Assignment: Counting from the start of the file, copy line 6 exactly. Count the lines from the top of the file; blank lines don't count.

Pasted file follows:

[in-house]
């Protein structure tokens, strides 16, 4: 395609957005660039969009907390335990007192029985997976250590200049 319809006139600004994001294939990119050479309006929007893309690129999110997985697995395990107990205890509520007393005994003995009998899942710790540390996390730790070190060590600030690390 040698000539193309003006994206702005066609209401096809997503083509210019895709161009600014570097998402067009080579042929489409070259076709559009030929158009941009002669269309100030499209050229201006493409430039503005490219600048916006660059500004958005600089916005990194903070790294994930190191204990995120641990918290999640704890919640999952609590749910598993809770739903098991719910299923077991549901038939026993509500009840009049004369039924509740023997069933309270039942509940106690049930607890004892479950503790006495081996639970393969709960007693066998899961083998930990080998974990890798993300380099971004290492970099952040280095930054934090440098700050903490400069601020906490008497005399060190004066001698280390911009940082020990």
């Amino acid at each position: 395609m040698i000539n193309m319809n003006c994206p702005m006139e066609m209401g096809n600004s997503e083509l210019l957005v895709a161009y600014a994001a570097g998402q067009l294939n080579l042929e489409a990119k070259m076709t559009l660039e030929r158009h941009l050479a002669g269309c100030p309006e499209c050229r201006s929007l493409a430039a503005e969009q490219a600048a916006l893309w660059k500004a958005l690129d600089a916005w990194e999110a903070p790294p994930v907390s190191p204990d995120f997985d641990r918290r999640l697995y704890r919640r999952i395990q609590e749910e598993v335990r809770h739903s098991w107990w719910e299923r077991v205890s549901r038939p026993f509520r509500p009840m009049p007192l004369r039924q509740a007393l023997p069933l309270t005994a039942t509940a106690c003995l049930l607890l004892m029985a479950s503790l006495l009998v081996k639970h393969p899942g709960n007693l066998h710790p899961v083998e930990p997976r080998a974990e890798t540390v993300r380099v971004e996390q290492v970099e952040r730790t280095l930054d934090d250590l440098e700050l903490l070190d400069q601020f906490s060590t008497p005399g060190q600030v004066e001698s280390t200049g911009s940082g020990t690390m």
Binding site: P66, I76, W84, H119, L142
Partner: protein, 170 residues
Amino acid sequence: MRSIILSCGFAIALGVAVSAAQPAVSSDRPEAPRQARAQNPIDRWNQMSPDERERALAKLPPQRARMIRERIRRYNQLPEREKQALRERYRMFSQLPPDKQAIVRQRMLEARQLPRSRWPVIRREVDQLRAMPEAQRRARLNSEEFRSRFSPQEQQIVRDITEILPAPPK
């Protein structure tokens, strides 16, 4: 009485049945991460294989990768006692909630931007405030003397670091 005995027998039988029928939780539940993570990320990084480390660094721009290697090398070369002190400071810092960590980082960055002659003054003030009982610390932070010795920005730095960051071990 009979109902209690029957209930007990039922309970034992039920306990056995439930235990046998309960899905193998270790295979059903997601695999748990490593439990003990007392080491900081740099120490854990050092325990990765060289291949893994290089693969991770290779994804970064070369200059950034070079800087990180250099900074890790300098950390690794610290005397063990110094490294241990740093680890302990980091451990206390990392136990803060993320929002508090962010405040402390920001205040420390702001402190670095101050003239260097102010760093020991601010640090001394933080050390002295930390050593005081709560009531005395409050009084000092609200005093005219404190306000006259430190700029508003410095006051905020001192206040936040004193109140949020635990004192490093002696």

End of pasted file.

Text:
Amino acid sequence: MRSIILSCGFAIALGVAVSAAQPAVSSDRPEAPRQARAQNPIDRWNQMSPDERERALAKLPPQRARMIRERIRRYNQLPEREKQALRERYRMFSQLPPDKQAIVRQRMLEARQLPRSRWPVIRREVDQLRAMPEAQRRARLNSEEFRSRFSPQEQQIVRDITEILPAPPK